The photographs were altered using image editing software (Adobe Photoshop Creative Suite 4, version 11.0; Adobe, San Jose, Calif). The facial axis of the clinical crown was deemed the rotation axis whose rotation center is the intersection point between the facial axis of the clinical crown and the marginal gingiva. The sagittal plane was used as the reference plane. The angulation of the facial axis of the clinical crown relative to the reference plane was altered; this caused the maxillary central incisors to incline mesially and distally by up to 15°. The distal angulation was designated as positive, and the mesial angulation as negative ( Fig 1 ). In a preliminary study, the acceptable axis angulation extent was judged by 10 orthodontists and 10 laypeople. The results showed that it was unacceptable for all judges when the angulation of the facial axis of the clinical crown extended beyond −6° and +8°. Importantly, increasing the mesiodistal angulation required more space, which was not available clinically; therefore these angulations of the teeth were excluded from the experiment. Finally, 7 images were obtained: 2 mesially inclined images (−2°, −4°), 4 distally inclined images (+2°, +4°, +6°, and +8°), and 1 unchanged image (0°). Artistic editing was used to maintain a natural appearance when necessary. All images were cropped into full-face or lower facial third photographs of the same size. A condensed version of the altered photographs is shown in Figure 2 . Digitized images were calibrated to control the background noise using a method that was suggested to be a successful way to study variations in the assessment of facial esthetics.
After the alterations, 2 series comprising 28 smiling photographs were arranged according to a random number table. A professional panel (52 persons) and a nonprofessional panel (61 persons) were selected to evaluate these photographs. Each photograph was fixed with a 100-mm visual analog scale. The visual analog scale was anchored by the descriptors “least attractive” (0) and “most attractive” (100). This method has been endorsed by many investigators for use in attractiveness ratings because of its simplicity and rapidity. Scores ≤60 were rated as unacceptable, those 61 to 80 were acceptable, and >80 were considered attractive. To simulate social distance, the evaluators were asked to maintain a distance of 60 to 80 cm from the images. To prevent any interference of the evaluators’ visual memory, there was a 5-second time gap between each image, and each photograph was evaluated twice by each evaluator, with a minimum interval of 2 weeks, and the mean score was recorded.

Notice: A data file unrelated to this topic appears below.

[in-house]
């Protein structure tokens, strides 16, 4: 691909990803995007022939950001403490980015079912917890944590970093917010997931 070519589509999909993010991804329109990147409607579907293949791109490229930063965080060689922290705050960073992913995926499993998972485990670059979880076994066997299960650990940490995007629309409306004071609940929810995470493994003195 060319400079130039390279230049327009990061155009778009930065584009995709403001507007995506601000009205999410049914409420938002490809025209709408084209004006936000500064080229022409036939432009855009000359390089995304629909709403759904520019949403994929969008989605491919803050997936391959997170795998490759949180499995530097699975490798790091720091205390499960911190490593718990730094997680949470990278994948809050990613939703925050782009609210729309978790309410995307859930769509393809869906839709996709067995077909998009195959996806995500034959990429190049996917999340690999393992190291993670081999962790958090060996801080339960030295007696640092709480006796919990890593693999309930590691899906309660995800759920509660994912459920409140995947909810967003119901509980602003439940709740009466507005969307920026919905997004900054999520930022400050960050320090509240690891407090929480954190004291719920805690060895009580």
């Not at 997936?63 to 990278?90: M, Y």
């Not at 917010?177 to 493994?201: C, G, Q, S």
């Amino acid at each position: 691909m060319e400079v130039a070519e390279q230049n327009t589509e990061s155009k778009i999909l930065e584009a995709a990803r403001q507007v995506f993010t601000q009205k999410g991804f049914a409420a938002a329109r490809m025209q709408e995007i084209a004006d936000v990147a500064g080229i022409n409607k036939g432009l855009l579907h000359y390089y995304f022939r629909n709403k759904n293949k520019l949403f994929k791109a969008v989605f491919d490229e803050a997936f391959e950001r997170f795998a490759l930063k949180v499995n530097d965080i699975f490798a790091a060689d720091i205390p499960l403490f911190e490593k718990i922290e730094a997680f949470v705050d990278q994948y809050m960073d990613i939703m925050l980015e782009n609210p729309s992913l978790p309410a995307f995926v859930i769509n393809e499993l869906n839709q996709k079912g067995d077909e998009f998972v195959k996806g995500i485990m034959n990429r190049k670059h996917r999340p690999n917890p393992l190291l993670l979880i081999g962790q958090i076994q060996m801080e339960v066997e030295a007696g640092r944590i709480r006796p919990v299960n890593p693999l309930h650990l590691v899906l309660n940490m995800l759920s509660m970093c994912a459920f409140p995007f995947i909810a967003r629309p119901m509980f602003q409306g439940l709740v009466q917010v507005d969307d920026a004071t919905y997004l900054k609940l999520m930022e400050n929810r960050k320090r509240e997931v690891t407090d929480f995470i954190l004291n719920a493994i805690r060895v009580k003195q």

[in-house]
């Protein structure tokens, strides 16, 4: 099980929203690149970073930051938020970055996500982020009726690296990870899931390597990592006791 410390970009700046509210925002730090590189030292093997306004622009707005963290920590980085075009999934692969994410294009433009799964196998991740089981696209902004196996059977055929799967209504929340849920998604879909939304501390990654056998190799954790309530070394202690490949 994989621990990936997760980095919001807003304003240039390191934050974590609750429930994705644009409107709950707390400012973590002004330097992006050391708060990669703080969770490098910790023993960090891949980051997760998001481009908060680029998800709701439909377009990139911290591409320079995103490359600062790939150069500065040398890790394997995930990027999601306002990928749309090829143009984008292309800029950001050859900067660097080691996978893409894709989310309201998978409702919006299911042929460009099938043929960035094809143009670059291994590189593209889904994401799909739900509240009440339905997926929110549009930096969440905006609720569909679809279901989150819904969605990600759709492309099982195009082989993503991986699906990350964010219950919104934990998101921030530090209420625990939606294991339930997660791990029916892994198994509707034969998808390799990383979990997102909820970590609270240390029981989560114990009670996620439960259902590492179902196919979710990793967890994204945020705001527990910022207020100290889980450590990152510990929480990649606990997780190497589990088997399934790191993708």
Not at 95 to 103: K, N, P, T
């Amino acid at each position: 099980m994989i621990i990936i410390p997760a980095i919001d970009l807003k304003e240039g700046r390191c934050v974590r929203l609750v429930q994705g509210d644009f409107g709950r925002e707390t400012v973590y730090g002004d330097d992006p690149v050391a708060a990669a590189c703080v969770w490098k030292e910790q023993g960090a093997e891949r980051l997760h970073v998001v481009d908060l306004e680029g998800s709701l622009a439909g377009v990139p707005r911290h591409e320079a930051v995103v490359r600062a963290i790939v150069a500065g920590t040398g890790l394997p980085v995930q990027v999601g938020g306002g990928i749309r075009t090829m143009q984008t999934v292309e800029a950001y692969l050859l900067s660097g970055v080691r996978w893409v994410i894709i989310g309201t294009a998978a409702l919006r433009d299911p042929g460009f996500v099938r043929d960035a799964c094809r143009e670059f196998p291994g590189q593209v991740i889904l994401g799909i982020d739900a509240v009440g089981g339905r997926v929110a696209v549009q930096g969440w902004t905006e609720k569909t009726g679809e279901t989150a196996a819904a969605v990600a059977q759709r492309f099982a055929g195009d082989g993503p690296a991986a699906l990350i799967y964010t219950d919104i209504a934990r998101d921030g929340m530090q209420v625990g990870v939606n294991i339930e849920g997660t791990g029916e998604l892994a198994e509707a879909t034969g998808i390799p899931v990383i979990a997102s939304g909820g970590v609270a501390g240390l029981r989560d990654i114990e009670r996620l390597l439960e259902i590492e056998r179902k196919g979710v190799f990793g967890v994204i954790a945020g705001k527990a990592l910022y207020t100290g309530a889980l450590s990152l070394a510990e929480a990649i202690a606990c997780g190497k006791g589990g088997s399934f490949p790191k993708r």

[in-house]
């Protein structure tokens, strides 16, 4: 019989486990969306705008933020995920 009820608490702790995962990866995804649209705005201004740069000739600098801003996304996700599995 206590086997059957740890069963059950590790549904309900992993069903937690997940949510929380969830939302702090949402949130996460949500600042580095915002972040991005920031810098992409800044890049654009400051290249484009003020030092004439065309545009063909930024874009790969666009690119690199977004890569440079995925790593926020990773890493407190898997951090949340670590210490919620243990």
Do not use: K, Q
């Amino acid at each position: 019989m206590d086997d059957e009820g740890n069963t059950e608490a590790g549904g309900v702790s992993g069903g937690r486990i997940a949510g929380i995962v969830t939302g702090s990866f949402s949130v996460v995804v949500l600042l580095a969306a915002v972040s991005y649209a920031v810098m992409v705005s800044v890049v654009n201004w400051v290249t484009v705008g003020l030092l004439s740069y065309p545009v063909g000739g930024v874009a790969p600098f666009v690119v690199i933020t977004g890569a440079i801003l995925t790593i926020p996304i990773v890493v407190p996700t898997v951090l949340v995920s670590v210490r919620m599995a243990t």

SPSS software (version 17.0; SPSS, Chicago, Ill) was used to analyze the data. The means of the raw data were determined to assess whether there were specific preferences for smiling frontal photographs. All altered pictures were divided into the following 4 groups: lower facial third photographs, full-face photographs, male subject, and female subject. The paired t test was used for determining the significance of the judges’ professions (professional vs lay), photograph framings (lower facial third vs full-face photographs), and sex of the subject (male vs female). The Dunnett t test and the independent samples t test were used to analyze the differences between the varied incisor angulations (7 variations). The level of significance was set at P <0.05 for all statistical tests, unless otherwise stated.
The judges who participated in the survey consisted of 52 orthodontists or senior orthodontic residents and 61 laypeople. The analysis showed that the mesiodistal angulation of the maxillary central incisors had an apparent influence on smile attractiveness in the frontal view. Attractiveness scores for the male subject, from high to low, of both image framings ranked as follows: 0°, −2°, +2°, −4°, +4°, +6°, and +8°. For the female group, the scores between the 2 photograph framings were slightly different. In the lower facial third photographs group, the ranking from high to low was 0°, −2°, +2°, −4°, +4°, +6°, and +8°, whereas in the full-face photograph group it was 0°, +2°, −2°, −4°, +4°, +6°, and +8°. The most attractive image was the undeviated control (0°), and the least attractive image was the +8° photograph in all 4 groups ( Table I ). We compared the attractiveness scores between the undeviated control (0°) and other angulations of the maxillary central incisors ( Table II ) and showed that there were significant differences between the undeviated control and the following angulations: −4°, +4°, +6°, and +8° in the lower facial third photographs of the man; −4°, +4°, +6°, and +8° in the full-face photographs of the woman; +4°, +6°, and +8° in the full-face photographs of the man; and all angulations, except −2°, in the lower facial third photographs of the woman.
|Photograph||Angulation||Professional panel (n = 52)||Lay panel (n = 61)||P|
|Male, lower facial third||80.03||11.263||79.94||10.391||0.965|
|Male, full face||0°||78.13||11.351||80.17||8.784||0.284|
|Female, lower facial third||0°||79.05||11.685||80.46||10.818||0.509|
|Female, full face||0°||79.69||11.810||80.31||8.540||0.748|
|Dependent variable||Angulation||Control||Mean difference (Angulation–Control)||SE||P|
|Male, lower facial third||−4°||0°||−5.973||1.559||0.001†|
|Male, full face||−4°||0°||−3.442||1.455||0.085|
|Female, lower facial third||−4°||0°||−5.779||1.610||0.002†|
|Female, full face||−4°||0°||−4.248||1.446||0.018*|